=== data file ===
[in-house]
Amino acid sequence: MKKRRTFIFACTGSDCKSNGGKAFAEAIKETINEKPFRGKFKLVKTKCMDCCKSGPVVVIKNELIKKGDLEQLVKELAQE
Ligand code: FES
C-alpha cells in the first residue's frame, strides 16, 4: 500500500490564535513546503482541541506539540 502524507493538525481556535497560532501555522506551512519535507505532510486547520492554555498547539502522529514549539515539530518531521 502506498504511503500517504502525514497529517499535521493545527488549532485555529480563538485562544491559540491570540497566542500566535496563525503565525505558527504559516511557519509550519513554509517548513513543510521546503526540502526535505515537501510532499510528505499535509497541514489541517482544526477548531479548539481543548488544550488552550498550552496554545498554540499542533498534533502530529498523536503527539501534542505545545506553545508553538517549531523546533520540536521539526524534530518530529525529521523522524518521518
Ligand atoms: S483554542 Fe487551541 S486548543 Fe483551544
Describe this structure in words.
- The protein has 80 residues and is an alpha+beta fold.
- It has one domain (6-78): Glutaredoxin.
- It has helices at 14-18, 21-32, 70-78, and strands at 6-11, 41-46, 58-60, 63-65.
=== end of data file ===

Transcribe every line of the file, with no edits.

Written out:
[in-house]
Amino acid sequence: MKKRRTFIFACTGSDCKSNGGKAFAEAIKETINEKPFRGKFKLVKTKCMDCCKSGPVVVIKNELIKKGDLEQLVKELAQE
Ligand code: FES
C-alpha cells in the first residue's frame, strides 16, 4: 500500500490564535513546503482541541506539540 502524507493538525481556535497560532501555522506551512519535507505532510486547520492554555498547539502522529514549539515539530518531521 502506498504511503500517504502525514497529517499535521493545527488549532485555529480563538485562544491559540491570540497566542500566535496563525503565525505558527504559516511557519509550519513554509517548513513543510521546503526540502526535505515537501510532499510528505499535509497541514489541517482544526477548531479548539481543548488544550488552550498550552496554545498554540499542533498534533502530529498523536503527539501534542505545545506553545508553538517549531523546533520540536521539526524534530518530529525529521523522524518521518
Ligand atoms: S483554542 Fe487551541 S486548543 Fe483551544
Describe this structure in words.
- The protein has 80 residues and is an alpha+beta fold.
- It has one domain (6-78): Glutaredoxin.
- It has helices at 14-18, 21-32, 70-78, and strands at 6-11, 41-46, 58-60, 63-65.